Swiss Franc Falls to Nine-Month Low as Haven Bid Boosts U.S. Dollar Demand

Switzerland’s franc dropped to the weakest in nine months against the dollar as falling equities spurred demand for the perceived haven of the U.S. currency.

The franc was little changed against the euro before Swiss National Bank policy makers meet tomorrow to decide if they will further weaken the currency. The Stoxx Europe 600 Index of shares dropped 1.8 percent and the U.K.’s FTSE 100 index (UKX) slid 2 percent.

“Renewed uncertainty concerning the European debt crisis is triggering risk aversion in global markets resulting in a stronger dollar,” said Bernd Berg, a currency strategist at Credit Suisse Group AG in Zurich. “Movements in the franc, however, are minimal and the market is looking forward to the key SNB meeting tomorrow.”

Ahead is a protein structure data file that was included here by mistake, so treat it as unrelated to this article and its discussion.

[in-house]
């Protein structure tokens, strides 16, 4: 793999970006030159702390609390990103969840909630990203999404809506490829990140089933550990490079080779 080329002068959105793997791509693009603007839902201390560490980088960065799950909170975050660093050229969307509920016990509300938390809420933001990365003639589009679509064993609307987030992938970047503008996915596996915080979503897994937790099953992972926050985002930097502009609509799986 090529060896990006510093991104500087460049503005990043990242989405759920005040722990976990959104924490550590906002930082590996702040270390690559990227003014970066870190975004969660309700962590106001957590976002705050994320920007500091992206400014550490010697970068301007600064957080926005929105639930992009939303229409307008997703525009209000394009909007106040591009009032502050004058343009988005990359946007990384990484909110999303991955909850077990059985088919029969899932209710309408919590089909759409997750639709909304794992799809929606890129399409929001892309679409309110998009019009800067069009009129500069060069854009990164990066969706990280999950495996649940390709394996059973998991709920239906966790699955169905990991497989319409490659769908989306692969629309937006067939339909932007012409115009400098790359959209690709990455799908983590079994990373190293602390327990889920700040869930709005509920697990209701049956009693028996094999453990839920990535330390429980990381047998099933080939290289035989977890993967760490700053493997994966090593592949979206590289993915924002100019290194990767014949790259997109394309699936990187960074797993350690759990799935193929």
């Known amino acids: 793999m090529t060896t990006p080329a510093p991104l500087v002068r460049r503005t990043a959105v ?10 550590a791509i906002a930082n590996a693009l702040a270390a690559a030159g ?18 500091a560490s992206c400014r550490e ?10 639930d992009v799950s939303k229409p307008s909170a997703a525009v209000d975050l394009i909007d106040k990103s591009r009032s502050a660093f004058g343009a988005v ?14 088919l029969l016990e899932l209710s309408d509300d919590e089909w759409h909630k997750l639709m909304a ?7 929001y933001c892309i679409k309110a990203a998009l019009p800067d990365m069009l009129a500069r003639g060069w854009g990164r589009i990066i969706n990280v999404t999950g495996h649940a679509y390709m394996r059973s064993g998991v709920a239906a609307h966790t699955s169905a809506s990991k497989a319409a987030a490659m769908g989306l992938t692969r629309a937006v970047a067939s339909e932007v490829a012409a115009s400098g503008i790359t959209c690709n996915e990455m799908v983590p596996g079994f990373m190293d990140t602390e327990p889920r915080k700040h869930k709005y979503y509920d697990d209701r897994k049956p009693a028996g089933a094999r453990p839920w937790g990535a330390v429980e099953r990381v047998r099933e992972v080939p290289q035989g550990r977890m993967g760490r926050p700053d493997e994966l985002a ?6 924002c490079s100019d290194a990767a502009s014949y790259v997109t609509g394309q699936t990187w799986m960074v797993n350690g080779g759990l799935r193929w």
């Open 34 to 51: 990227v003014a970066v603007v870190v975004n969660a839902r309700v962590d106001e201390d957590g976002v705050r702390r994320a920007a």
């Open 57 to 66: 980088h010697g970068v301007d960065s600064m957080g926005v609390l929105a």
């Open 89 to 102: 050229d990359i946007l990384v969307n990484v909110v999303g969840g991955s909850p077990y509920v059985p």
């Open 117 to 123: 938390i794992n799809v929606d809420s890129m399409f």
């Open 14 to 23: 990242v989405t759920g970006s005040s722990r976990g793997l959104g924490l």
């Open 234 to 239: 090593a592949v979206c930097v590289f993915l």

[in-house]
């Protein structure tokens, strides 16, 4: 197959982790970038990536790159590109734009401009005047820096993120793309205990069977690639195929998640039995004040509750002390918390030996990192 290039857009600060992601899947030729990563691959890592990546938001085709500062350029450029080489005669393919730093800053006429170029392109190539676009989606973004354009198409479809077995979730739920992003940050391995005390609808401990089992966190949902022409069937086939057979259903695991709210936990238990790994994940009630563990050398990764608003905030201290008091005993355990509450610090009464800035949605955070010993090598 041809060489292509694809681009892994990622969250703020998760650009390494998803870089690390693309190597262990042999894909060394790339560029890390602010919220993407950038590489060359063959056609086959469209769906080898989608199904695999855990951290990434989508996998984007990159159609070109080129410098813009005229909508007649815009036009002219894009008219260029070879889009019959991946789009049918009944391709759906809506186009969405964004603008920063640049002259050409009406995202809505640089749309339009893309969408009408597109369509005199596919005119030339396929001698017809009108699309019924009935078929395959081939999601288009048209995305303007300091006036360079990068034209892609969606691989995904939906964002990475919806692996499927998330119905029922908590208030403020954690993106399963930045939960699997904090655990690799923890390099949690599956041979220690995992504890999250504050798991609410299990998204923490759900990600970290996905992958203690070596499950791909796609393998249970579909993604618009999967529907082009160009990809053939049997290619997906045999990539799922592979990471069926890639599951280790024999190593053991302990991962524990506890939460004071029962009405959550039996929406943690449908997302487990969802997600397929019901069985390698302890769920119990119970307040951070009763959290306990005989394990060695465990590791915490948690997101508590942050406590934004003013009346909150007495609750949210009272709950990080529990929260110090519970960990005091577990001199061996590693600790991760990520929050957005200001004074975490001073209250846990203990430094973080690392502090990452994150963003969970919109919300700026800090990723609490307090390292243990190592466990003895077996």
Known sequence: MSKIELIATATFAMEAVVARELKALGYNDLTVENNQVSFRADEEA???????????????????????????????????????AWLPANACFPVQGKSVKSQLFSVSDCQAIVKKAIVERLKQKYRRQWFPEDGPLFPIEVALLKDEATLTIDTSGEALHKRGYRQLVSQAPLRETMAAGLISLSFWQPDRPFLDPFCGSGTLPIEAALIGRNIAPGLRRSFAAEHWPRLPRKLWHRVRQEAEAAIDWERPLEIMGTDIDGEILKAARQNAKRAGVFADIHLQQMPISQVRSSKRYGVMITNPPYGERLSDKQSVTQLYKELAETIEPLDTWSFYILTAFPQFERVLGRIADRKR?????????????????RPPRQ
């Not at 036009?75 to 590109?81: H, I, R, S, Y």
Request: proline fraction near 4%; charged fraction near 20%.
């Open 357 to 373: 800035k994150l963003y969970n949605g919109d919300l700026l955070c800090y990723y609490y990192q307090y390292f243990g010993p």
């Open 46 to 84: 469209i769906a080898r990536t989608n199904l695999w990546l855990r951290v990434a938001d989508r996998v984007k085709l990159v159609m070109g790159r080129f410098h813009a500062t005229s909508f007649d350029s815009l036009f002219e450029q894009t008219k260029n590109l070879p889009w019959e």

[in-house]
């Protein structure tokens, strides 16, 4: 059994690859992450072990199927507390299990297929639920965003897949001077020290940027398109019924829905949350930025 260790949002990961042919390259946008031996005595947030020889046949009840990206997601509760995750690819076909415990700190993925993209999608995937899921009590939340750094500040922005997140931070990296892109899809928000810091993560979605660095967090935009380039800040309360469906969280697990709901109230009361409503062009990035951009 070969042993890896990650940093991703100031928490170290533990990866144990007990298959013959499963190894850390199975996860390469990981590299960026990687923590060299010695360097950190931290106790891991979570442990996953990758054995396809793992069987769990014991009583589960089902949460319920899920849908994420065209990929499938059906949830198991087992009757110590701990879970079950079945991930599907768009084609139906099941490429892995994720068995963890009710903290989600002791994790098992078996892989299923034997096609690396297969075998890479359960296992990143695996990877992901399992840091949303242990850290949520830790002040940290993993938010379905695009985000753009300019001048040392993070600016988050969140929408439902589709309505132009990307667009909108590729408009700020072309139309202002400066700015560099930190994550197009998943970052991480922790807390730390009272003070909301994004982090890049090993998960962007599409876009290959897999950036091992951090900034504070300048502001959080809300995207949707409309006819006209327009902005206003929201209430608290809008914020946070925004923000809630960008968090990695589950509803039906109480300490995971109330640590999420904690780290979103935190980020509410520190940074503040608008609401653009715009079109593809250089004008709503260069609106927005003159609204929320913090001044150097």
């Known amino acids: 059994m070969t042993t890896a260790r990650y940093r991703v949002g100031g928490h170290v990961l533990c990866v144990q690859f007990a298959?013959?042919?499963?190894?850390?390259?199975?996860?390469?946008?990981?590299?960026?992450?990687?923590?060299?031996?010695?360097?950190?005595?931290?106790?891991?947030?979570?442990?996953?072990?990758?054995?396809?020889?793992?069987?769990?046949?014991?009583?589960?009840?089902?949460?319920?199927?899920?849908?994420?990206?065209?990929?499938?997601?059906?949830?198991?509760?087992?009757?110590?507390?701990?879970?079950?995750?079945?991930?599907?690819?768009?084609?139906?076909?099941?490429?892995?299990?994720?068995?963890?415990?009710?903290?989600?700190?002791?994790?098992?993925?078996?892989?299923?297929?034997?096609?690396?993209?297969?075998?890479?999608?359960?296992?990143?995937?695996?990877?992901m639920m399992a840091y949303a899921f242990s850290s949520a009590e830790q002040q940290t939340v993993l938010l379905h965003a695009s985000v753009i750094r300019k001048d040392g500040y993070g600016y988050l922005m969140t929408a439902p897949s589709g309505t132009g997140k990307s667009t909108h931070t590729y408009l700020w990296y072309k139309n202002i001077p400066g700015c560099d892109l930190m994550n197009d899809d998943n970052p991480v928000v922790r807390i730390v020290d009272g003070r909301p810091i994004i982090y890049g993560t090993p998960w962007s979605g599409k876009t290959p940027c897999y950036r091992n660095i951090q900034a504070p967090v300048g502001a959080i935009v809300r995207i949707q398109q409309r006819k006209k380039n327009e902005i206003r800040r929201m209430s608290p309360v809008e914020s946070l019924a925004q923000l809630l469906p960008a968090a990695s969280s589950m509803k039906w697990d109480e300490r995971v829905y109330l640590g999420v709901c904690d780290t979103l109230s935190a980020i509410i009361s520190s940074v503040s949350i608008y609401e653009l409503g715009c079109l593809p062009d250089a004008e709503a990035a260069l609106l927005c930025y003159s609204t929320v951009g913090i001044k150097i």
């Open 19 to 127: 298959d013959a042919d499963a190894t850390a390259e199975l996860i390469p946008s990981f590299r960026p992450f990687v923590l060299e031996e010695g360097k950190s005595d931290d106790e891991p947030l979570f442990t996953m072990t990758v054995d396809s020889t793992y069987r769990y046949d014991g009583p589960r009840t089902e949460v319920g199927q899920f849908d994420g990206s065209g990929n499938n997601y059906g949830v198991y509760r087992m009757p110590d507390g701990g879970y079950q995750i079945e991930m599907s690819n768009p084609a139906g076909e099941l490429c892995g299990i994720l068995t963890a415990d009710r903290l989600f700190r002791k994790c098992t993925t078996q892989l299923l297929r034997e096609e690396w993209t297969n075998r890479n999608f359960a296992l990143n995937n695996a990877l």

The franc fell 0.7 percent to 95.26 centimes per dollar at 3:57 p.m. London time, after touching 95.29 centimes, the weakest level since Feb. 18. The currency traded little changed at 1.2338 per euro.

SNB policy makers, led by Philipp Hildebrand, will keep the franc’s minimum exchange rate at 1.20 per euro when they meet in Zurich tomorrow, according to nine of 13 economists surveyed by Bloomberg.

The Swiss currency has weakened 3.8 percent in the past three months, paring its gain for the year to 0.5 percent, according to Bloomberg Correlation-Weighted Indexes, which track 10 developed-nation currencies. The SNB set the ceiling against the 17-nation euro on Sept. 6 as investors bought the franc as a haven amid the euro-area sovereign debt crisis.

Swiss consumer prices fell 0.5 percent in November, the Federal Statistics Office in Neuchatel said Dec. 6, the biggest drop since October 2009. The country’s economy grew 0.2 percent in the third quarter, the slowest pace in more than two years, the State Secretariat for Economic Affairs said Dec. 1.

To contact the reporter on this story: David Goodman in London at dgoodman28@bloomberg.net

To contact the editor responsible for this story: Daniel Tilles at dtilles@bloomberg.net

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